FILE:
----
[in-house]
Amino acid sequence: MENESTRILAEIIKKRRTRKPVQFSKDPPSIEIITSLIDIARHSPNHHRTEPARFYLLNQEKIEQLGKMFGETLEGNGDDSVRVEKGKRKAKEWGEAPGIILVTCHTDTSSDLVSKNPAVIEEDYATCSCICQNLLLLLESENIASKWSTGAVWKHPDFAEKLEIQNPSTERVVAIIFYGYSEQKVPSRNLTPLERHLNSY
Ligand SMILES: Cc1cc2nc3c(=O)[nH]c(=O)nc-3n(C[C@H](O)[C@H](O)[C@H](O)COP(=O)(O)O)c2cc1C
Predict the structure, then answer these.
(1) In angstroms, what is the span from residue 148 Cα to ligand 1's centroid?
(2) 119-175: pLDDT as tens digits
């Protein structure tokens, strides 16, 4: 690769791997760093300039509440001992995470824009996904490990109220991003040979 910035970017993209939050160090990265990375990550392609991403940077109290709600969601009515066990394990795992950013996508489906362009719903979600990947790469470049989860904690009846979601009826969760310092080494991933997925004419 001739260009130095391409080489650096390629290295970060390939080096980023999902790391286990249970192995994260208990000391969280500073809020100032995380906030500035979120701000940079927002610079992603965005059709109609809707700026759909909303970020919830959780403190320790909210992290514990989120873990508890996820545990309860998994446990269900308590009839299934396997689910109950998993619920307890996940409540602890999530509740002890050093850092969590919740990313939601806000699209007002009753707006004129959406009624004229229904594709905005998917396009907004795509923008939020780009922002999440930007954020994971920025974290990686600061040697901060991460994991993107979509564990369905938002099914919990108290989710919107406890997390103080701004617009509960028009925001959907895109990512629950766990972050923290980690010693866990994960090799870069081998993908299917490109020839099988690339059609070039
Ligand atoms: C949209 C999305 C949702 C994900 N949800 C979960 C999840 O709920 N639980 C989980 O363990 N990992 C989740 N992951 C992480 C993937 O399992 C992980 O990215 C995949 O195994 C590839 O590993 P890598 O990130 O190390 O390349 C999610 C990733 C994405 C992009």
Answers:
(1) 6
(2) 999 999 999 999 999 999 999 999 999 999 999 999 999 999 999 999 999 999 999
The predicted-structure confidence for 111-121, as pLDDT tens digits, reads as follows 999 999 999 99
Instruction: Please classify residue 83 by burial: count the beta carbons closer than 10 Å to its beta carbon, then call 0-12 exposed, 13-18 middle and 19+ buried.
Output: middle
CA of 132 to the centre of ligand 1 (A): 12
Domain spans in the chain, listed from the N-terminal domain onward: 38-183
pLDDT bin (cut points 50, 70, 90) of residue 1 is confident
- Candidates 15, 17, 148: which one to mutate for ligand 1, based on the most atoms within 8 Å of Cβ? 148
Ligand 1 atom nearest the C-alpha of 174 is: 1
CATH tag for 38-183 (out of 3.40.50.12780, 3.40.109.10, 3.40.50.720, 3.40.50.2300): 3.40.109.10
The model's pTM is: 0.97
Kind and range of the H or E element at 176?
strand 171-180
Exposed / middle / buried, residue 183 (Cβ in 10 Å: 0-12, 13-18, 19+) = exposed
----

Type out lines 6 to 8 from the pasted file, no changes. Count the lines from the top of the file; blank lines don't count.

(2) 119-175: pLDDT as tens digits
């Protein structure tokens, strides 16, 4: 690769791997760093300039509440001992995470824009996904490990109220991003040979 910035970017993209939050160090990265990375990550392609991403940077109290709600969601009515066990394990795992950013996508489906362009719903979600990947790469470049989860904690009846979601009826969760310092080494991933997925004419 001739260009130095391409080489650096390629290295970060390939080096980023999902790391286990249970192995994260208990000391969280500073809020100032995380906030500035979120701000940079927002610079992603965005059709109609809707700026759909909303970020919830959780403190320790909210992290514990989120873990508890996820545990309860998994446990269900308590009839299934396997689910109950998993619920307890996940409540602890999530509740002890050093850092969590919740990313939601806000699209007002009753707006004129959406009624004229229904594709905005998917396009907004795509923008939020780009922002999440930007954020994971920025974290990686600061040697901060991460994991993107979509564990369905938002099914919990108290989710919107406890997390103080701004617009509960028009925001959907895109990512629950766990972050923290980690010693866990994960090799870069081998993908299917490109020839099988690339059609070039
Ligand atoms: C949209 C999305 C949702 C994900 N949800 C979960 C999840 O709920 N639980 C989980 O363990 N990992 C989740 N992951 C992480 C993937 O399992 C992980 O990215 C995949 O195994 C590839 O590993 P890598 O990130 O190390 O390349 C999610 C990733 C994405 C992009």